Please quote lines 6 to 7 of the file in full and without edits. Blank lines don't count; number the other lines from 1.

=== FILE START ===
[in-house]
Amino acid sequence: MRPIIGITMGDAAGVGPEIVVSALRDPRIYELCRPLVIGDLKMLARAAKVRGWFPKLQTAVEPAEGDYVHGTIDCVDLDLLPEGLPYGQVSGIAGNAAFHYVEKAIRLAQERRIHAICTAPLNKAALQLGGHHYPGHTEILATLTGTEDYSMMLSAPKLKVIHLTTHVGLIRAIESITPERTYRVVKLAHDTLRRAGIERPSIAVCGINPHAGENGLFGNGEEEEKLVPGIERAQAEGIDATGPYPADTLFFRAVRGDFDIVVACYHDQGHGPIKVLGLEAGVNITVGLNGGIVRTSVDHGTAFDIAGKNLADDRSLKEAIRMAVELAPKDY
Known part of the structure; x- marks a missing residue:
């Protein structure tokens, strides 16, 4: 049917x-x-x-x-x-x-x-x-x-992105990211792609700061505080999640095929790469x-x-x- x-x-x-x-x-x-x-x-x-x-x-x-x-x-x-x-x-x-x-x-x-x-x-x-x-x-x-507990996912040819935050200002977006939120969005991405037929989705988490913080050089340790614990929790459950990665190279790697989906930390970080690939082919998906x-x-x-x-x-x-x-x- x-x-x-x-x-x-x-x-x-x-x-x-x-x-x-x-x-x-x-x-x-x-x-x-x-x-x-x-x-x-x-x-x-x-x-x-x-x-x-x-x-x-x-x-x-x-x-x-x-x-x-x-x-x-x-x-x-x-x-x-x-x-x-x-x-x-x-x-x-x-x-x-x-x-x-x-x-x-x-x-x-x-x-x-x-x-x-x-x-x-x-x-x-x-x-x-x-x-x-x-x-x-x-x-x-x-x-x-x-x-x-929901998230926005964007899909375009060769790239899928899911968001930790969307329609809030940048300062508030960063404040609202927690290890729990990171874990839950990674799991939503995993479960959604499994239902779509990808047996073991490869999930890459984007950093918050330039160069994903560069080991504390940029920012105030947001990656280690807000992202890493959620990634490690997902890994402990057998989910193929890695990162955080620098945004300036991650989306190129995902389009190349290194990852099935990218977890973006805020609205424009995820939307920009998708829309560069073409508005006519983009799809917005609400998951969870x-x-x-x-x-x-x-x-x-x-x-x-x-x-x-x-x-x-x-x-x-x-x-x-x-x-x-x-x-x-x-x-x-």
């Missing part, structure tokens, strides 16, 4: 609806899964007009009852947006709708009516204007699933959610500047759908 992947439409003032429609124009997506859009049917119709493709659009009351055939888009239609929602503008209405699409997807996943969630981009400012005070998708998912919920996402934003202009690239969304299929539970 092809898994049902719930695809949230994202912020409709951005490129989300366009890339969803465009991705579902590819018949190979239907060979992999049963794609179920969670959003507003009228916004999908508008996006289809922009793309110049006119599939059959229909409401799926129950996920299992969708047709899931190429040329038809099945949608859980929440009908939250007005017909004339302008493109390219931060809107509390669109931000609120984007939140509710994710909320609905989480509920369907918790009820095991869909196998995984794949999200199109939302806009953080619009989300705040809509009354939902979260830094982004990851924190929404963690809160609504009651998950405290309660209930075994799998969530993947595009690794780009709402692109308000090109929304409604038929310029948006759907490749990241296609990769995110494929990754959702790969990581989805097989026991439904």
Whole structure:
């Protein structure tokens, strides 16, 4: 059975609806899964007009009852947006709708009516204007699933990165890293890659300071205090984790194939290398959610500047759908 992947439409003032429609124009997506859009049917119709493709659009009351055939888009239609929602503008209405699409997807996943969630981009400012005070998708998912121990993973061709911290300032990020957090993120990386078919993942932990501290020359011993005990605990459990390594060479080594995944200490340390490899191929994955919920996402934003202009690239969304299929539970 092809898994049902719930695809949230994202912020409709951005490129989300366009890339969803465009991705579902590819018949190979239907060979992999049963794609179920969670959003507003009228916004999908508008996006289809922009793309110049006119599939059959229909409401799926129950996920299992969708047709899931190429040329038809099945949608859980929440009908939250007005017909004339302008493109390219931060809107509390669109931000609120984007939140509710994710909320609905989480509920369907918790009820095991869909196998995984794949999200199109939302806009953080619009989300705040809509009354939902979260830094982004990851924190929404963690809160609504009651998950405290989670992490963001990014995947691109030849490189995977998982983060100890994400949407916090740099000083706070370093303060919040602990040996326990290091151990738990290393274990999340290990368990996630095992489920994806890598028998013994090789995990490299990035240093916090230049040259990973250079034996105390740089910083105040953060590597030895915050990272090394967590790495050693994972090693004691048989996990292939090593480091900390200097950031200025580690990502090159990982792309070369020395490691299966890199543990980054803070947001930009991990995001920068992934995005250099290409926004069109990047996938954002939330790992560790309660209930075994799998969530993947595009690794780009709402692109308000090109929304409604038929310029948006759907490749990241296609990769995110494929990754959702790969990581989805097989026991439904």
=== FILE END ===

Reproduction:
Whole structure:
């Protein structure tokens, strides 16, 4: 059975609806899964007009009852947006709708009516204007699933990165890293890659300071205090984790194939290398959610500047759908 992947439409003032429609124009997506859009049917119709493709659009009351055939888009239609929602503008209405699409997807996943969630981009400012005070998708998912121990993973061709911290300032990020957090993120990386078919993942932990501290020359011993005990605990459990390594060479080594995944200490340390490899191929994955919920996402934003202009690239969304299929539970 092809898994049902719930695809949230994202912020409709951005490129989300366009890339969803465009991705579902590819018949190979239907060979992999049963794609179920969670959003507003009228916004999908508008996006289809922009793309110049006119599939059959229909409401799926129950996920299992969708047709899931190429040329038809099945949608859980929440009908939250007005017909004339302008493109390219931060809107509390669109931000609120984007939140509710994710909320609905989480509920369907918790009820095991869909196998995984794949999200199109939302806009953080619009989300705040809509009354939902979260830094982004990851924190929404963690809160609504009651998950405290989670992490963001990014995947691109030849490189995977998982983060100890994400949407916090740099000083706070370093303060919040602990040996326990290091151990738990290393274990999340290990368990996630095992489920994806890598028998013994090789995990490299990035240093916090230049040259990973250079034996105390740089910083105040953060590597030895915050990272090394967590790495050693994972090693004691048989996990292939090593480091900390200097950031200025580690990502090159990982792309070369020395490691299966890199543990980054803070947001930009991990995001920068992934995005250099290409926004069109990047996938954002939330790992560790309660209930075994799998969530993947595009690794780009709402692109308000090109929304409604038929310029948006759907490749990241296609990769995110494929990754959702790969990581989805097989026991439904």